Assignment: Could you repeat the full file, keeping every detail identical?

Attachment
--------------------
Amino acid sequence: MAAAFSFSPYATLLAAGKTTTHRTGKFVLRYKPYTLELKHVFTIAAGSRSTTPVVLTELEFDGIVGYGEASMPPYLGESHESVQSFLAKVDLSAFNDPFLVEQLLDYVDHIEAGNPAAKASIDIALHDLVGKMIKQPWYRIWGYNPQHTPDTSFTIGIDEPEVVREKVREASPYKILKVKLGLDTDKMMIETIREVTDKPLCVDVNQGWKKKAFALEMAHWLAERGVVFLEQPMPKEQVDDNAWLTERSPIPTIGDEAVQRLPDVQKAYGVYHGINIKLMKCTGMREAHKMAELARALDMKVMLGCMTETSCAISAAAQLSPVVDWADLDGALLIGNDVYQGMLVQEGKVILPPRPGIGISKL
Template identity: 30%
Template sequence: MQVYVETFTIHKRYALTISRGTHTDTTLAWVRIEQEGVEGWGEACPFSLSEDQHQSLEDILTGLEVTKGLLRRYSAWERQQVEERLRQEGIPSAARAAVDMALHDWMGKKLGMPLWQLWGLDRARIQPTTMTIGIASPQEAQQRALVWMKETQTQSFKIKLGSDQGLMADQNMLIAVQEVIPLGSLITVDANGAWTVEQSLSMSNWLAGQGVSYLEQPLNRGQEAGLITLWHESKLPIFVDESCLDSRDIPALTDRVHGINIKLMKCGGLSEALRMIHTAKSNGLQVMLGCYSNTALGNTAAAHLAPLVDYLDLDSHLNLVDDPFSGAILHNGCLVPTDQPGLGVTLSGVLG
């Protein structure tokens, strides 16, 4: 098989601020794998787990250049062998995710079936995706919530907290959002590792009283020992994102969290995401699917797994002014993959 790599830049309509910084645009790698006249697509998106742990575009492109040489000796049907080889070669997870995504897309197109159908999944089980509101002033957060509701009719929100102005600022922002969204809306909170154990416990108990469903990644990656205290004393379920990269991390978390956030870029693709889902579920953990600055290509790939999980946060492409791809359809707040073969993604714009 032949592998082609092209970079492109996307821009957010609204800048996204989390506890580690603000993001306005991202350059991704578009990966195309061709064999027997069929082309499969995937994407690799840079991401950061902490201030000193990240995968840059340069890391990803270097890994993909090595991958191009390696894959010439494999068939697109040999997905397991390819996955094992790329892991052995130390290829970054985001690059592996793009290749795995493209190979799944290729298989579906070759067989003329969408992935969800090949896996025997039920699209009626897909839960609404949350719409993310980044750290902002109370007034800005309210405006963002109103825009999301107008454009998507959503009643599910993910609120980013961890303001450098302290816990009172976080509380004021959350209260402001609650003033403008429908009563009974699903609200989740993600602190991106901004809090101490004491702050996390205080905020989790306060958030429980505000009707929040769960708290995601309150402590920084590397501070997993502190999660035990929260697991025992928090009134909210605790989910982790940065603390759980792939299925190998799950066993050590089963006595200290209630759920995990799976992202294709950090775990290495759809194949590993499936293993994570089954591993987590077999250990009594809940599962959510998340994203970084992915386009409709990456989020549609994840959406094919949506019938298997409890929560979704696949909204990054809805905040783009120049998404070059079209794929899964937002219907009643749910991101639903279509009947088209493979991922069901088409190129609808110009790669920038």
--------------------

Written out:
Amino acid sequence: MAAAFSFSPYATLLAAGKTTTHRTGKFVLRYKPYTLELKHVFTIAAGSRSTTPVVLTELEFDGIVGYGEASMPPYLGESHESVQSFLAKVDLSAFNDPFLVEQLLDYVDHIEAGNPAAKASIDIALHDLVGKMIKQPWYRIWGYNPQHTPDTSFTIGIDEPEVVREKVREASPYKILKVKLGLDTDKMMIETIREVTDKPLCVDVNQGWKKKAFALEMAHWLAERGVVFLEQPMPKEQVDDNAWLTERSPIPTIGDEAVQRLPDVQKAYGVYHGINIKLMKCTGMREAHKMAELARALDMKVMLGCMTETSCAISAAAQLSPVVDWADLDGALLIGNDVYQGMLVQEGKVILPPRPGIGISKL
Template identity: 30%
Template sequence: MQVYVETFTIHKRYALTISRGTHTDTTLAWVRIEQEGVEGWGEACPFSLSEDQHQSLEDILTGLEVTKGLLRRYSAWERQQVEERLRQEGIPSAARAAVDMALHDWMGKKLGMPLWQLWGLDRARIQPTTMTIGIASPQEAQQRALVWMKETQTQSFKIKLGSDQGLMADQNMLIAVQEVIPLGSLITVDANGAWTVEQSLSMSNWLAGQGVSYLEQPLNRGQEAGLITLWHESKLPIFVDESCLDSRDIPALTDRVHGINIKLMKCGGLSEALRMIHTAKSNGLQVMLGCYSNTALGNTAAAHLAPLVDYLDLDSHLNLVDDPFSGAILHNGCLVPTDQPGLGVTLSGVLG
């Protein structure tokens, strides 16, 4: 098989601020794998787990250049062998995710079936995706919530907290959002590792009283020992994102969290995401699917797994002014993959 790599830049309509910084645009790698006249697509998106742990575009492109040489000796049907080889070669997870995504897309197109159908999944089980509101002033957060509701009719929100102005600022922002969204809306909170154990416990108990469903990644990656205290004393379920990269991390978390956030870029693709889902579920953990600055290509790939999980946060492409791809359809707040073969993604714009 032949592998082609092209970079492109996307821009957010609204800048996204989390506890580690603000993001306005991202350059991704578009990966195309061709064999027997069929082309499969995937994407690799840079991401950061902490201030000193990240995968840059340069890391990803270097890994993909090595991958191009390696894959010439494999068939697109040999997905397991390819996955094992790329892991052995130390290829970054985001690059592996793009290749795995493209190979799944290729298989579906070759067989003329969408992935969800090949896996025997039920699209009626897909839960609404949350719409993310980044750290902002109370007034800005309210405006963002109103825009999301107008454009998507959503009643599910993910609120980013961890303001450098302290816990009172976080509380004021959350209260402001609650003033403008429908009563009974699903609200989740993600602190991106901004809090101490004491702050996390205080905020989790306060958030429980505000009707929040769960708290995601309150402590920084590397501070997993502190999660035990929260697991025992928090009134909210605790989910982790940065603390759980792939299925190998799950066993050590089963006595200290209630759920995990799976992202294709950090775990290495759809194949590993499936293993994570089954591993987590077999250990009594809940599962959510998340994203970084992915386009409709990456989020549609994840959406094919949506019938298997409890929560979704696949909204990054809805905040783009120049998404070059079209794929899964937002219907009643749910991101639903279509009947088209493979991922069901088409190129609808110009790669920038």